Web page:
THIRTY-NINE people were arrested at Saturday’s far-right march in Berlin to commemorate the death of senior nazi Rudolph Hess, police said yesterday.
More than 500 neo-nazis had attempted to march to the site of the former prison in Berlin’s Spandau district where Hess hanged himself in 1987.
But the fascists were forced to turn back less than a mile away by a counter-protest of left-wing groups and local residents numbering around 1,000, chanting: “Nazis go home!” and “You lost the war!”
Police said yesterday that 35 of those detained belonged to the far-right march, while four were taking part in the counter-protest.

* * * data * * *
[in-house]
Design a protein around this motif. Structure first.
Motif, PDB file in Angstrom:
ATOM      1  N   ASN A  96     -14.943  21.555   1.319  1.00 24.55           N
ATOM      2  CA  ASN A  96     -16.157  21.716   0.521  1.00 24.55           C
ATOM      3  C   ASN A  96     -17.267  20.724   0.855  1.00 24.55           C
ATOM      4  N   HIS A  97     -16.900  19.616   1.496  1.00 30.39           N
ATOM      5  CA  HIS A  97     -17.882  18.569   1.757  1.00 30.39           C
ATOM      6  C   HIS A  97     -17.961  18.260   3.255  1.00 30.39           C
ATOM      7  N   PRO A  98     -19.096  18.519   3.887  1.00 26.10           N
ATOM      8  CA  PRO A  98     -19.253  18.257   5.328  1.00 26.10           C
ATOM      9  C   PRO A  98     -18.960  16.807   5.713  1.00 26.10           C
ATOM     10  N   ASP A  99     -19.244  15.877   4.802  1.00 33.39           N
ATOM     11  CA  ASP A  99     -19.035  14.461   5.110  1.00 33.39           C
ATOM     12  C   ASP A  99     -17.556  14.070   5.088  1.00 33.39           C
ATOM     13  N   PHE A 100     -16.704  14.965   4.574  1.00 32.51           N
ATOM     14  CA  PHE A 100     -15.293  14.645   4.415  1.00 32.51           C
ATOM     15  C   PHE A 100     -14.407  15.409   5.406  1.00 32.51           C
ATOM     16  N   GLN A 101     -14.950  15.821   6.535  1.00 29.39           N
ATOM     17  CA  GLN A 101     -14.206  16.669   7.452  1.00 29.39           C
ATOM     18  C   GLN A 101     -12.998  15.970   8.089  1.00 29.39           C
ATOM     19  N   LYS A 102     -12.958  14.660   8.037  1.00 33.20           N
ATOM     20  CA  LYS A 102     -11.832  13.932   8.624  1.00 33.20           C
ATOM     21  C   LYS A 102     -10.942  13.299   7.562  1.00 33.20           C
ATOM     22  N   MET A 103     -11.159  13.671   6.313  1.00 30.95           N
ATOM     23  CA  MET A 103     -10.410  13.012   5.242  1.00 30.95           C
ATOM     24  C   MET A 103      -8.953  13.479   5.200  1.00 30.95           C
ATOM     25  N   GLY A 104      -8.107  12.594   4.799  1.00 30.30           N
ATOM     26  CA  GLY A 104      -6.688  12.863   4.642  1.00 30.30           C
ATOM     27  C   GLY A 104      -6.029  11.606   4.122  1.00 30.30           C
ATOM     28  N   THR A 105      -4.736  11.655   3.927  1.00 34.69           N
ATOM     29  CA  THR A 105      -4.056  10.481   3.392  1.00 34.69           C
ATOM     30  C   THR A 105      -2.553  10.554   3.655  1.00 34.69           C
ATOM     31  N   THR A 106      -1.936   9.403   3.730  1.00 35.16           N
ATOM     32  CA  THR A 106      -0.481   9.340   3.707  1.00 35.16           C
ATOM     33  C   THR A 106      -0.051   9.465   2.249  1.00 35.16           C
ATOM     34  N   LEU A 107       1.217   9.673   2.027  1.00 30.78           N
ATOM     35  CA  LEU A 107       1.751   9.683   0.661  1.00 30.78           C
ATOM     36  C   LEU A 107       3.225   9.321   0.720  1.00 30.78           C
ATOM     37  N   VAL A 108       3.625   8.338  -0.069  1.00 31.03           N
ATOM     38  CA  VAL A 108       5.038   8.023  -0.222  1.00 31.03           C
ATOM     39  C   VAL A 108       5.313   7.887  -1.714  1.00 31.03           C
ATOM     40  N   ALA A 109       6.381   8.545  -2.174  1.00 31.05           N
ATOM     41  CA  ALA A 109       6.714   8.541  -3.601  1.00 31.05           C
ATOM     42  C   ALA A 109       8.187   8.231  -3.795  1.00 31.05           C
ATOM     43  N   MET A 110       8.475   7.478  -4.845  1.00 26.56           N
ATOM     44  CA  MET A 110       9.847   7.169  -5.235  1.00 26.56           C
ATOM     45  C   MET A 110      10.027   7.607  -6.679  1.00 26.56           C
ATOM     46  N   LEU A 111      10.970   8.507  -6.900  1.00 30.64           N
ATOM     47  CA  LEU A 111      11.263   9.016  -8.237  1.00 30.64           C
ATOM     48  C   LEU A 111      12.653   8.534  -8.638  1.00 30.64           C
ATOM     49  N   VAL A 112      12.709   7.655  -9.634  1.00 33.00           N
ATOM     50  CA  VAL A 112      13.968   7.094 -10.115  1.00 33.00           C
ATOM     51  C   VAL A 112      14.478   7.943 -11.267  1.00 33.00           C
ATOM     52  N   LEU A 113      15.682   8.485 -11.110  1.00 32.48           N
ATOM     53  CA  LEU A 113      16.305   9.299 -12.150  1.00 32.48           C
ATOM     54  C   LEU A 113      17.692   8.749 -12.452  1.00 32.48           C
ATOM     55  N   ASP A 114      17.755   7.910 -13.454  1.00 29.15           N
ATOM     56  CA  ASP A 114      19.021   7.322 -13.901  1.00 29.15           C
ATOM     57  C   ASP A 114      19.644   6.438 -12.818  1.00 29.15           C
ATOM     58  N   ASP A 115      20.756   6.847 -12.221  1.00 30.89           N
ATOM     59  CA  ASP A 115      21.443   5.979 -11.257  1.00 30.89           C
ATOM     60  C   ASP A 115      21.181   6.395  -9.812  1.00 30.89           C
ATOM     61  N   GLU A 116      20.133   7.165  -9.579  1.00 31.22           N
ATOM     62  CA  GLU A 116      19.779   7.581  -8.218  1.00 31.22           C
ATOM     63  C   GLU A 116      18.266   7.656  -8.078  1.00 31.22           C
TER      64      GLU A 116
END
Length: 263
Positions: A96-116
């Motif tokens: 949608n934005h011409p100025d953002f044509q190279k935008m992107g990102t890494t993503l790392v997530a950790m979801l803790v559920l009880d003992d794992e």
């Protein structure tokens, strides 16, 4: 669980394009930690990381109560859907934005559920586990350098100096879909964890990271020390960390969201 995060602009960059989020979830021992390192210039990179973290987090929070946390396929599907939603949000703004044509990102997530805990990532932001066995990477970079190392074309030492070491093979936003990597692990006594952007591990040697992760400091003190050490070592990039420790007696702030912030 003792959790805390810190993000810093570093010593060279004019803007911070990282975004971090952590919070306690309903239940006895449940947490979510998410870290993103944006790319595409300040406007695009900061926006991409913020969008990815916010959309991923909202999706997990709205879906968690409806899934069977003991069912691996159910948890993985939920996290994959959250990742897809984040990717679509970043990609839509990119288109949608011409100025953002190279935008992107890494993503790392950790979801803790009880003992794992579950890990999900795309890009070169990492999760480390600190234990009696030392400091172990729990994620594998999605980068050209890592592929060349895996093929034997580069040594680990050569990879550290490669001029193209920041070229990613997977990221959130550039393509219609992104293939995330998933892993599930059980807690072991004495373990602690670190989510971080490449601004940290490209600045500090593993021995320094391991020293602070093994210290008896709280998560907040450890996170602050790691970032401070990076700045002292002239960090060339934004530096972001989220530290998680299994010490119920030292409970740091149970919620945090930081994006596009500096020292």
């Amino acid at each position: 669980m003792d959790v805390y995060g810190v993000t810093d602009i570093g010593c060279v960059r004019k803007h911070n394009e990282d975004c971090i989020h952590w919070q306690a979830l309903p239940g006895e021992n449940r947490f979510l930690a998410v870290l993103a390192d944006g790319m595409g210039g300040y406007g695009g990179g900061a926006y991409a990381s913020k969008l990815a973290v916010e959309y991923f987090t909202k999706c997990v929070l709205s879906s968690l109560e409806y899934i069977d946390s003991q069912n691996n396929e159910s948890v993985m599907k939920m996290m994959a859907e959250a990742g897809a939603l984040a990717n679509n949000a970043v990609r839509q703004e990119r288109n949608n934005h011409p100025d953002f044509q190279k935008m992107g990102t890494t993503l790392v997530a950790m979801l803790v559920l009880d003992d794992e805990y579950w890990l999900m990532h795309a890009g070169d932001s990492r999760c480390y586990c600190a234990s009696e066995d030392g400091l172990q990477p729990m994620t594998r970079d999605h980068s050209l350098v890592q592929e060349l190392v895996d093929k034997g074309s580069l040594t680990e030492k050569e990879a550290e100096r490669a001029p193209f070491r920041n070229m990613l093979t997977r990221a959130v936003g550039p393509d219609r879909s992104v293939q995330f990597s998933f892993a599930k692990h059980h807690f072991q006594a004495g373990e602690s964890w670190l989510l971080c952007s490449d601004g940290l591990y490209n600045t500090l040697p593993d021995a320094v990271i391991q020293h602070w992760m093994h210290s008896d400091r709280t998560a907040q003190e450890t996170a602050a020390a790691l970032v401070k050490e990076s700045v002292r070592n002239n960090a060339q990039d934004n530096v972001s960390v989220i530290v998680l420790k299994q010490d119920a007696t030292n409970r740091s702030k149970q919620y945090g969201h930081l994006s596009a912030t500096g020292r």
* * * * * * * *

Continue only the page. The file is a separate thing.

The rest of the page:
Twelve of the far-right protesters are being investigated for displaying forbidden symbols.
Others detained are being investigated for breach of the peace, assault, resisting arrest, drug offenses and breaking the law on public assembly.
The march was accompanied by about 1,000 police officers.
Authorities had imposed restrictions on the march to try to ensure that it passed peacefully.
Organisers were ordered not to glorify Hess or the nazi regime, carry weapons, drums or torches and could bring only one fl ag for every 25 participants.
Jossa Berntje, who joined the counter-protest, said she decided to join the march after seeing the far-right demonstration in the US city of Charlottesville in which a woman was killed by a nazi sympathiser.
“The rats are coming out of the sewers,” she said. “[US President Donald] Trump has made it socially acceptable.”